Step aside, fancy tasting menus with wine pairings. Now, it's all about expertly combining food with tea. Discover these six pairings that deliver a healthy way to tap into complementary flavors
Chai Tea + Lentils
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"The major ingredients in chai—black tea, cinnamon, ginger, clove, cardamom, and black pepper—are a combination of powerful antioxidants and anti-inflammatories," says Lauren Blake, a registered dietitian at The Ohio State Wexner Medical Center. High-fiber and protein-rich lentils could help strengthen these benefits, she adds.
Earl Grey Tea + Dark Chocolate or Citrus
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"Earl Grey is essentially a black tea that has been scented with bergamot oil, so you'll want to pair this with a dish that either has citrus notes or complements citrus notes," says tea specialist Kathy YL Chan. Think antioxidant-rich dark chocolate, a perfectly ripe grapefruit, or lemon flavors. Try serving a savory chicken tagine with preserved lemons and a mug of the classic black tea, she suggests. (We also love these Healthy Chocolate Dessert Recipes.)
Oolong Tea + Roasted Chicken
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Oolong teas (and green teas too) can be just as complex as wine. "There are hundreds of different types of tea that fall into these categories," says Chan. Oolong, for example, could be a light or dark roast, aged or young, picked in the winter during peak sweetness or in the summer for an entirely different flavor. You can dive into plenty of different pairings within the oolong category alone, but Chan likes roasted chicken best. "My favorite types of oolong teas have a distinct roasted note, which naturally goes well with a whole roasted chicken," she says. "The tea brings out the sweetness of the chicken and vice versa." Bonus: The chicken's protein could also help your body absorb the tea's benefits, Blake says. (Try one of these 12 Quick, Delicious Chicken Recipes for Lunch.)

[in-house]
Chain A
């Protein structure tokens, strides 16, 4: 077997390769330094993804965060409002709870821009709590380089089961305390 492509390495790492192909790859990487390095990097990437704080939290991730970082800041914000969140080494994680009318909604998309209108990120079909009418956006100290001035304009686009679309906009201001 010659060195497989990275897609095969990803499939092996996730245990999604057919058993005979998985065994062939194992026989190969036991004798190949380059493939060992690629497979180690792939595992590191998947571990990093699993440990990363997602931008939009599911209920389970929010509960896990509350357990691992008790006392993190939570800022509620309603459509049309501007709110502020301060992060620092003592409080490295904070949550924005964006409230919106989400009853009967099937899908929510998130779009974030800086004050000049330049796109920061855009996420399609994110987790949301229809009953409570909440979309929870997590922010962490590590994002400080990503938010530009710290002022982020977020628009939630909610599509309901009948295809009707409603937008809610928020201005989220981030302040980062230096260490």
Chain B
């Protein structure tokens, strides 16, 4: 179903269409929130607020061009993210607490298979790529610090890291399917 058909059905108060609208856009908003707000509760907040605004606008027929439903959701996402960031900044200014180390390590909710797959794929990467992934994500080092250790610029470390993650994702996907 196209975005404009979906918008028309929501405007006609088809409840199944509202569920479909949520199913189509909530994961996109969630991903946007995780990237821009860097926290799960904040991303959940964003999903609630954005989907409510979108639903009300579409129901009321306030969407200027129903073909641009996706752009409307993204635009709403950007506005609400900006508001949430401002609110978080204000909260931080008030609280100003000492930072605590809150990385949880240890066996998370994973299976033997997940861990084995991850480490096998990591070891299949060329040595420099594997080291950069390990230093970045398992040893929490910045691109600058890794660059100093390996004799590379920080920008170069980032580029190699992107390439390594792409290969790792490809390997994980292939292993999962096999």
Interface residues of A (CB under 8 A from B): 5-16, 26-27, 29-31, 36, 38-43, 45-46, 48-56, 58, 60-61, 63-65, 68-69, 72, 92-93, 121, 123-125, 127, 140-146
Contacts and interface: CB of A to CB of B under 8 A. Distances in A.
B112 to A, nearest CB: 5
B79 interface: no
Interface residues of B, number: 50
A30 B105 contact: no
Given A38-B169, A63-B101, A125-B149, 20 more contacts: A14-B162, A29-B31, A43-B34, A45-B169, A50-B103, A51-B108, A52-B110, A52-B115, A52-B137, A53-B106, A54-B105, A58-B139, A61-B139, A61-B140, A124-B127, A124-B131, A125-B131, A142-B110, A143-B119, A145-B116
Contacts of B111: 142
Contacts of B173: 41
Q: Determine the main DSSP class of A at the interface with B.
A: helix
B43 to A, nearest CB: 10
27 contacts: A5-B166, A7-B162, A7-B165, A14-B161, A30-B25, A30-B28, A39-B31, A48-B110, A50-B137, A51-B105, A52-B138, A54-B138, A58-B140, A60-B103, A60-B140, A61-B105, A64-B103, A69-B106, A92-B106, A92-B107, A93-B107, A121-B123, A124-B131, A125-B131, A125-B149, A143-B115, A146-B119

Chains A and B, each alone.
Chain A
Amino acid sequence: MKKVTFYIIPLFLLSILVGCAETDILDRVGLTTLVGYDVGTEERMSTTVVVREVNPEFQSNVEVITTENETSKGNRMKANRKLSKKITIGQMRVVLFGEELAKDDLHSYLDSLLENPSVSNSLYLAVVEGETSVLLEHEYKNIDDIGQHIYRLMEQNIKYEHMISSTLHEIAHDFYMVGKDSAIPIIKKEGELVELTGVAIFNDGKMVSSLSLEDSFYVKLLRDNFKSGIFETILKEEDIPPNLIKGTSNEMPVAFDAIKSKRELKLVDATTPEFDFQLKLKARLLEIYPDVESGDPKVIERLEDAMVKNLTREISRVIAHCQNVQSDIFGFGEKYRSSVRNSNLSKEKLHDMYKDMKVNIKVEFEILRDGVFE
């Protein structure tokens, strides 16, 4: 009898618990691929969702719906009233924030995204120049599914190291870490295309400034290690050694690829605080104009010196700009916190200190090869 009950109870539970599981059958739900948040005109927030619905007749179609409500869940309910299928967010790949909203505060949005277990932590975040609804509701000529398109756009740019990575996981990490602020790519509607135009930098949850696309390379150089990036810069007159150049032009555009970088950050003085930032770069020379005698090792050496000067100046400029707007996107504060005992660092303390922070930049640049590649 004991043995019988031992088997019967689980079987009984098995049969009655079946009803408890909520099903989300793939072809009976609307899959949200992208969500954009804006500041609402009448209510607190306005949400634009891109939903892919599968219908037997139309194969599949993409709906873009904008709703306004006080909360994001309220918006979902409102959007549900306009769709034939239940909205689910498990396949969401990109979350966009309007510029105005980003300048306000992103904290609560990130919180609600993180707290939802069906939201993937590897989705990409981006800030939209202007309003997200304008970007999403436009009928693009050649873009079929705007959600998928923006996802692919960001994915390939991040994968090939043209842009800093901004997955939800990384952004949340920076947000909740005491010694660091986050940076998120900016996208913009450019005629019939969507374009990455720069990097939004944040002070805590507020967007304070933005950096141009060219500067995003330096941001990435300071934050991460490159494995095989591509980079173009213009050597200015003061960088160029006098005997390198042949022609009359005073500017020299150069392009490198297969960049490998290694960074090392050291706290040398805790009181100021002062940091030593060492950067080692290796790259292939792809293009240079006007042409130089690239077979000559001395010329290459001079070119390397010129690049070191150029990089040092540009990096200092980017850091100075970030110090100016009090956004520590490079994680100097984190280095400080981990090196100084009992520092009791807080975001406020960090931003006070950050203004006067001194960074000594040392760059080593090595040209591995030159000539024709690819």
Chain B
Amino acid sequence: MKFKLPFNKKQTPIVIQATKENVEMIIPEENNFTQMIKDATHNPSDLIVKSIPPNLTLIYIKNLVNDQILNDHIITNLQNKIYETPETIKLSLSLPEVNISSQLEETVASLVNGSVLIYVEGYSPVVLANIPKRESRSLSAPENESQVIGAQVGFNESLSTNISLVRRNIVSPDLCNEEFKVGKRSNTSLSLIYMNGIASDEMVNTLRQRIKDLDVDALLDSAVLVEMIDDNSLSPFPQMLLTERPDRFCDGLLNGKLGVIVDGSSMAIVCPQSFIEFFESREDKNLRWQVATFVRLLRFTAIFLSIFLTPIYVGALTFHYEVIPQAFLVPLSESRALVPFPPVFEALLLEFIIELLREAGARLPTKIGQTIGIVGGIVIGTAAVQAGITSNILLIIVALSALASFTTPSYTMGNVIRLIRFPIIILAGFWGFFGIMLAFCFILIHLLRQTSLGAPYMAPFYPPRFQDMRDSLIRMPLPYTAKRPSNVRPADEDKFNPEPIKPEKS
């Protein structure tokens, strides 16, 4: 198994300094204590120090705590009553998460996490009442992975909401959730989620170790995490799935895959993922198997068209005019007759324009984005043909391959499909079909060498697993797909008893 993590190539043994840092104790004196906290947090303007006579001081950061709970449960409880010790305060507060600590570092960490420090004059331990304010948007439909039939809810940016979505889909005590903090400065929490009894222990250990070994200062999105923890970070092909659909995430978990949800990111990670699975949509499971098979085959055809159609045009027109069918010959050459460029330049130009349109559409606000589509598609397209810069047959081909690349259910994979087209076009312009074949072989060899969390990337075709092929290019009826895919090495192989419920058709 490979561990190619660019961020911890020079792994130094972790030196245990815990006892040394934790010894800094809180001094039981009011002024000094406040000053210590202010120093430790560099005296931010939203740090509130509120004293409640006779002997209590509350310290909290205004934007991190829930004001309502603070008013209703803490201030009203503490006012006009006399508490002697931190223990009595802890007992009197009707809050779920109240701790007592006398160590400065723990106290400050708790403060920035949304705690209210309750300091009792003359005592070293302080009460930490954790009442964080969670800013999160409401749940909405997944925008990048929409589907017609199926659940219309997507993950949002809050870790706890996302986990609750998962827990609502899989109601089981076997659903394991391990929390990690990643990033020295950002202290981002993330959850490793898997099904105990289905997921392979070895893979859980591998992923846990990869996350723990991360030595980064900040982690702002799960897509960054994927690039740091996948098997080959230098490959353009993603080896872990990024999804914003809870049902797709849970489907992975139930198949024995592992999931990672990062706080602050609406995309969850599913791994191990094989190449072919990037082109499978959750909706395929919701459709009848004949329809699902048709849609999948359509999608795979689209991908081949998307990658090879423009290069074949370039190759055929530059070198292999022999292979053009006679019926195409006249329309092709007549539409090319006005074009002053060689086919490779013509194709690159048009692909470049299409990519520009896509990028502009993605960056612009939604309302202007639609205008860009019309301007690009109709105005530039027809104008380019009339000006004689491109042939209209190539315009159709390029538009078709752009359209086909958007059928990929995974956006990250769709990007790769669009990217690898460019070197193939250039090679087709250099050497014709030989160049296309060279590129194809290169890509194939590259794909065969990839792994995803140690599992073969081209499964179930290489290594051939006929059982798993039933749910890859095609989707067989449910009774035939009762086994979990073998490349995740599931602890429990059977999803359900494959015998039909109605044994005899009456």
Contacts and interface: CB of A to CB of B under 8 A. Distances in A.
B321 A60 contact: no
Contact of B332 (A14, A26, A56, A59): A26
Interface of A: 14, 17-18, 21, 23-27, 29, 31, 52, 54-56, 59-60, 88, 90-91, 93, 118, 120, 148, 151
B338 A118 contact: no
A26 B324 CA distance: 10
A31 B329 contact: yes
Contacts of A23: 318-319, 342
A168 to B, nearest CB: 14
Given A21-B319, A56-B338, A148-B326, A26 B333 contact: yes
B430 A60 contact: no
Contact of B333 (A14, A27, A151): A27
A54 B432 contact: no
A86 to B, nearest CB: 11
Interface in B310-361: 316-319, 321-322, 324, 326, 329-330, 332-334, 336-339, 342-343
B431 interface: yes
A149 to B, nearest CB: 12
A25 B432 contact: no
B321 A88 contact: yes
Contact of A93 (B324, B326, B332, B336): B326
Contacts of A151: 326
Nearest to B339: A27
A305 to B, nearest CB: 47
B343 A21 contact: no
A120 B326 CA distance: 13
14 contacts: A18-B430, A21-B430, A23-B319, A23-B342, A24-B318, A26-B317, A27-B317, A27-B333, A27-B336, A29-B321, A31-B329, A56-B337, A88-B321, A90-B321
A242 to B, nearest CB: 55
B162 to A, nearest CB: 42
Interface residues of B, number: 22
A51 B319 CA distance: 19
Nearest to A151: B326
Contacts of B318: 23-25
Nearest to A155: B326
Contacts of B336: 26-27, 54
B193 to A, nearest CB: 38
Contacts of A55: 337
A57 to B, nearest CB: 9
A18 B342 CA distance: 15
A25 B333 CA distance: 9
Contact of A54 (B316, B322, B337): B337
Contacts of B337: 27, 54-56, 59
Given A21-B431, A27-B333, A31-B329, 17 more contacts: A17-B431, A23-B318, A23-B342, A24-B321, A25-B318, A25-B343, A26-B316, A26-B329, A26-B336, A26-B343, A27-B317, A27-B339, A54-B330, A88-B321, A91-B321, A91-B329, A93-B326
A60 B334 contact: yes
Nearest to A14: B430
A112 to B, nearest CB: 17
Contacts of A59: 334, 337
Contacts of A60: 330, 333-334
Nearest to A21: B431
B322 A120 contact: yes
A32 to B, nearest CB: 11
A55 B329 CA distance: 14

Green Tea + Steamed Fish
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Tea-pairing rule No. 1: Match teas and foods from similar origins, says Chan. Japanese green tea complements fresh fish just like French wines go best with French dishes. "The best pairings are not only when the flavors complement but when they also help to enhance the taste of the other," she says. Most green teas, like sencha, come from Japan, so they work well with Japanese dishes, Chan says. Try a hot cup of sencha with steamed salmon, which is packed with healthy omega-3s and protein, soy sauce, and rice. "It's a really clean, simple, and elegant meal," she says.
Peppermint Tea + Pine Nuts
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"Pine nuts are considered a healthy fat and are also a good source of protein, vitamins K and E, copper and manganese, and fiber," Blake says. Enjoy a handful with a cup of refreshing peppermint tea. Or, see how the peppermint flavor notes work with dishes containing pine nuts, like pesto, says Chan.
Ginger Tea + Dried Fruit
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Chan grew up in a traditional Chinese family and recalls enjoying freshly made ginger tea after dinner. "We always had it with dried fruits like persimmons and winter melon, which is believed to help digestion after a meal," she says. Ginger boasts some major digestion benefits on its own: It aids in digestion and helps soothe stomach issues like nausea and motion sickness, says Blake.